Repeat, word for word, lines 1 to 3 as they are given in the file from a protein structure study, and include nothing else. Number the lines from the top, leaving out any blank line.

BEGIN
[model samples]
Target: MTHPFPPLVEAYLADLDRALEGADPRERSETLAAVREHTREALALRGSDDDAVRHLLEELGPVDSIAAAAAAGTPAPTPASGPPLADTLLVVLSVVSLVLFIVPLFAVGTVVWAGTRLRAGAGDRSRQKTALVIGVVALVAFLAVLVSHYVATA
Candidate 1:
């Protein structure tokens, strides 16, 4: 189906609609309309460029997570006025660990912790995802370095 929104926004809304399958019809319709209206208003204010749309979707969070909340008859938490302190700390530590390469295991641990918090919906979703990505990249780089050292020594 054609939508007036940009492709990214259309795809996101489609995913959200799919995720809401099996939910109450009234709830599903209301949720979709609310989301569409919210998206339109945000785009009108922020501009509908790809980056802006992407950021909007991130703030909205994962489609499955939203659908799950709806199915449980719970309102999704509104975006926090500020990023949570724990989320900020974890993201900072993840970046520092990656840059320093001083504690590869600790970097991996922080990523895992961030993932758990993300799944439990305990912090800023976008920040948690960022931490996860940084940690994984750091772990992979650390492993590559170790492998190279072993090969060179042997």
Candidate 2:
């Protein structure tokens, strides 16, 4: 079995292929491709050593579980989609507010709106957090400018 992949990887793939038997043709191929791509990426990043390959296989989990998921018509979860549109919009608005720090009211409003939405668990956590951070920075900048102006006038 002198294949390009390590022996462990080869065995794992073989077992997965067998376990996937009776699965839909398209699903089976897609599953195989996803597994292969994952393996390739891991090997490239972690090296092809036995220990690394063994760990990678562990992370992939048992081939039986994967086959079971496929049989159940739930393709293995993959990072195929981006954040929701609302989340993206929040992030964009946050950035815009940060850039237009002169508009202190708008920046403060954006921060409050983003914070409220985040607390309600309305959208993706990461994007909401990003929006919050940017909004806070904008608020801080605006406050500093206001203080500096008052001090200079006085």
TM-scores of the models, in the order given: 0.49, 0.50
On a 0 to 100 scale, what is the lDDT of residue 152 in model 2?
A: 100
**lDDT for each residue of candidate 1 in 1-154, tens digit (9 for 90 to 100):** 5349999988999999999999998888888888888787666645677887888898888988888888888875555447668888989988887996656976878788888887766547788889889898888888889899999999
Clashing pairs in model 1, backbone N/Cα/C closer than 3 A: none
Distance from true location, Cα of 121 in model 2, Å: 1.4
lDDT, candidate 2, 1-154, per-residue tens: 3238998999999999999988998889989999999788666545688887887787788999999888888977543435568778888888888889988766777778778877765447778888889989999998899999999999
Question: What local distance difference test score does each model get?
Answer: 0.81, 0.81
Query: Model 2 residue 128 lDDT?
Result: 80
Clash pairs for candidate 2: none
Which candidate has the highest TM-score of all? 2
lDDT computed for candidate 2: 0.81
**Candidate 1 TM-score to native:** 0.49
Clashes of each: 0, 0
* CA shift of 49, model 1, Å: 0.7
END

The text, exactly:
[model samples]
Target: MTHPFPPLVEAYLADLDRALEGADPRERSETLAAVREHTREALALRGSDDDAVRHLLEELGPVDSIAAAAAAGTPAPTPASGPPLADTLLVVLSVVSLVLFIVPLFAVGTVVWAGTRLRAGAGDRSRQKTALVIGVVALVAFLAVLVSHYVATA
Candidate 1: